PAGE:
Lunisolar calendars have twelve lunar cycles in their common years. That’s about eleven days short of a solar year. Each month starts on the day of a new moon, or on the day a new lunar crescent is first sighted. Without intercalation, months start eleven days later in relation to seasons each successive year.
The Metonic Cycle is a period of about 6939.6 days, the approximate length of both 235 consecutive lunations and 19 solar years. Knowledge of this cycle is important in determining when to assign intercalary months to lunisolar calendars.
Meton, an Athenian who lived in the middle of the fifth century B.C., is the cycle’s namesake. Meton himself referred to it in a publication as the nineteen-year cycle. There is some question as to whether Meton discovered it on his own or whether he learned of it from Babylonian sources, because it was discovered there about fifty years before Meton’s time.
Lunisolar calendars will roughly keep in step with seasons if a thirteenth month is added to them in seven out of each 19 years. In order to do this almost perfectly, there should be an additional one-day correction after each 222 years.
The cycle was perhaps first used to determine frequency of intercalation of a thirteenth month in the Greek Calendar, which consisted of 12 lunar months (a total of 354 days) 1 and intercalation of an extra month every second year just before the rule was applied.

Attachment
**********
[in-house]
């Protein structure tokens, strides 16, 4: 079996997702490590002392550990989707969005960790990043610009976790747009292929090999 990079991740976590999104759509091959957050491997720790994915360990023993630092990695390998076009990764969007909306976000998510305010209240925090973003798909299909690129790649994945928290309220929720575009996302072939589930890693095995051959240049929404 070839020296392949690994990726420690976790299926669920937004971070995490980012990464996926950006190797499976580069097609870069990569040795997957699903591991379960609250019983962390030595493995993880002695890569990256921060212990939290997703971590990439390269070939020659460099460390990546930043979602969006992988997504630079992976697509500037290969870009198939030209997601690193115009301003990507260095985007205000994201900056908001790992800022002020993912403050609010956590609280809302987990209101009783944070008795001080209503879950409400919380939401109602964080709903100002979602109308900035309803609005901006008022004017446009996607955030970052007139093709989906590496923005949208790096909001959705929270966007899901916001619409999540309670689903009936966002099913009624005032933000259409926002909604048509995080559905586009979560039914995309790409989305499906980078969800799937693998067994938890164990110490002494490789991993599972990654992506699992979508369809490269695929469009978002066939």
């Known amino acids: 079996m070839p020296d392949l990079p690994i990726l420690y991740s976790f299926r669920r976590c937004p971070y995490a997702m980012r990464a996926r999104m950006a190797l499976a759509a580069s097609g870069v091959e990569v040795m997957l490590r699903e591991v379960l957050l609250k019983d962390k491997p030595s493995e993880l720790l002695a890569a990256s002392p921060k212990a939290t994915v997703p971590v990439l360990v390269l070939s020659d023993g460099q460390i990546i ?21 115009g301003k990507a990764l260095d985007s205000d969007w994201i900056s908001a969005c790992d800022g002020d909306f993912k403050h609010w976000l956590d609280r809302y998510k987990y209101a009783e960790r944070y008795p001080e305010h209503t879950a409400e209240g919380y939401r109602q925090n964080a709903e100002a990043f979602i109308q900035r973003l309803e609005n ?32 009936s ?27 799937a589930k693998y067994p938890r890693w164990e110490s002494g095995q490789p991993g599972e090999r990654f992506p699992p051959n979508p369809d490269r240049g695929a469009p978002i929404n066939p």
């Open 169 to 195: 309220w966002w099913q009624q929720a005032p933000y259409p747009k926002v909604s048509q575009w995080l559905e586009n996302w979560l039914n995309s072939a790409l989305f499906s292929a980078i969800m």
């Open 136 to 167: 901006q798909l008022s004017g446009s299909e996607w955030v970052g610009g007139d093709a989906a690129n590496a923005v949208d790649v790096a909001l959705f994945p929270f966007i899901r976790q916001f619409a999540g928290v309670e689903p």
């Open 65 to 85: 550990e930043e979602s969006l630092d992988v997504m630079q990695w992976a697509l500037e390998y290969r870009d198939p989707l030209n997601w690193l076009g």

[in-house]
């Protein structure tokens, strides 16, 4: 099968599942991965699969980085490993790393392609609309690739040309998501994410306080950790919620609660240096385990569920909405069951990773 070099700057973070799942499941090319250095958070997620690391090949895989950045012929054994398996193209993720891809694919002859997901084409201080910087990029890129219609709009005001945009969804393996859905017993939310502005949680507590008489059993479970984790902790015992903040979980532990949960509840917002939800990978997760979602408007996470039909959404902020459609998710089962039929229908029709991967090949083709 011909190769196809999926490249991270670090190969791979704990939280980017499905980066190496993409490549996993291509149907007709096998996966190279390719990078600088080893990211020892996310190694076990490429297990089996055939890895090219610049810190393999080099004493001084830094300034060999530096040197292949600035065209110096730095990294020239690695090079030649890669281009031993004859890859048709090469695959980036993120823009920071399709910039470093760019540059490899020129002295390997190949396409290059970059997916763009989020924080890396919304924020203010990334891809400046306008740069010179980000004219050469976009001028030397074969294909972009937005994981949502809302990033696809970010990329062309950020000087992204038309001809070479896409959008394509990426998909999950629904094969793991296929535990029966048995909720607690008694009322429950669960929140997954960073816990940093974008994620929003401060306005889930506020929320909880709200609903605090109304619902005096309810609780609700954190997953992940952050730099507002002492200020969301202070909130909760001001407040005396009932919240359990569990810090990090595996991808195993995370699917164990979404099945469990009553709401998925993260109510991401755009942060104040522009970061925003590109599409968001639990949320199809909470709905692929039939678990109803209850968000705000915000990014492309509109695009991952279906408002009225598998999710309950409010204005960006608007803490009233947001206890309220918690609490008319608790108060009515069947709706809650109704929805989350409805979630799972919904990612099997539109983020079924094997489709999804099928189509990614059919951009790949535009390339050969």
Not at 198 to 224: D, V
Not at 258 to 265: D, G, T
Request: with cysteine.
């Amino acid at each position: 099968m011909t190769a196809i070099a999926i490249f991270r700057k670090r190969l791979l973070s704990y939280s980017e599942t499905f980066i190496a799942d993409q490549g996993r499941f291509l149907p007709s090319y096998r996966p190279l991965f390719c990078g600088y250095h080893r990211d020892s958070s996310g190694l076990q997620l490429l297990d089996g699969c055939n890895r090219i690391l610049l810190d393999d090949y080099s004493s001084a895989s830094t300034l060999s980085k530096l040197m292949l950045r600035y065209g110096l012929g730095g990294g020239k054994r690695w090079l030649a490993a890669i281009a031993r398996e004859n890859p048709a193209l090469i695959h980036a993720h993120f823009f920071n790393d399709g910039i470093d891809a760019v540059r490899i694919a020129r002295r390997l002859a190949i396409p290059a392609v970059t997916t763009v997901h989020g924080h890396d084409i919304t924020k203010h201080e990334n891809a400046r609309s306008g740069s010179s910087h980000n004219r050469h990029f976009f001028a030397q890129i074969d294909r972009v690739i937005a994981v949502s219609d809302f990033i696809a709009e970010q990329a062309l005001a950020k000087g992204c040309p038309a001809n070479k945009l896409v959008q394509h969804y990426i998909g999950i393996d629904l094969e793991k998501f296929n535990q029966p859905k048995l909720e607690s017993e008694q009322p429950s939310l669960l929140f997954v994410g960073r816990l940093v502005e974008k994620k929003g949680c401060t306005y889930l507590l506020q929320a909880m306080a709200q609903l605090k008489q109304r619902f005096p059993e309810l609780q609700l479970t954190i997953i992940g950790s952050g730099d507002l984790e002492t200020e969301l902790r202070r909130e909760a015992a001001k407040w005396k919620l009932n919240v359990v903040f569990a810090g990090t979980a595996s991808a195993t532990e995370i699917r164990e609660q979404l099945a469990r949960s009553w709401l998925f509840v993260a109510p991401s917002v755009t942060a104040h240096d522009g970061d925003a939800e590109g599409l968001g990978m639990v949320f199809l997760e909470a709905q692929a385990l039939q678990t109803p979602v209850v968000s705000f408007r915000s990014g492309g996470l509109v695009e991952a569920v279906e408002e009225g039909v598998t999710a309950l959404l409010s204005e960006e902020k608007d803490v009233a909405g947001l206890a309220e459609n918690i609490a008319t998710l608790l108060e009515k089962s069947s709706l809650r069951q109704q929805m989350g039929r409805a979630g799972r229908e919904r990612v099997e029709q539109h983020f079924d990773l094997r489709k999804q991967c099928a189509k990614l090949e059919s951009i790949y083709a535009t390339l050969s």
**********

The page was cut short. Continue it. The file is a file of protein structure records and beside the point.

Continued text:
As late as the twenty-five hundred years ago, official letters in Babylon informed local officials when the current year should include an intercalary month. 2 It wasn’t until about 380 B.C. that Babylonian calendar authorities regularly applied a one month intercalation in years 3, 6, 8, 11, 14, 17, and 19 of each cycle.
Geminus pointed out that: “It is a matter of indifference if, while preserving the same disposition of intercalary months, you put them in other years.”
The Metonic cycle was improved by Hipparchus and Callipus of Cyzius (c. 370-300 BC). Calippus formed what has been called the Callippic period, a cycle of four Metonic periods. Moon phases repeat on about the same ordinal day of each of these periods.
One of the most unexplainable things about the Metonic Cycle is that mankind has observed the sky for hundreds of thousands of years, 3 but this easily recognized period was not known until only about twenty-five hundred years ago, less than one-half of one percent of mankind’s time on earth.
(1) The Academic American Encyclopedia,
Danbury, CT: Grolier Electronic Publishing, 1993.
(2) Bickerman, Elias Joseph. Chronology of the Ancient World.
Ithaca, N.Y.: Cornell University Press, 1968. p. 23.
(3) Homo sapiens: Earliest forms of our own species.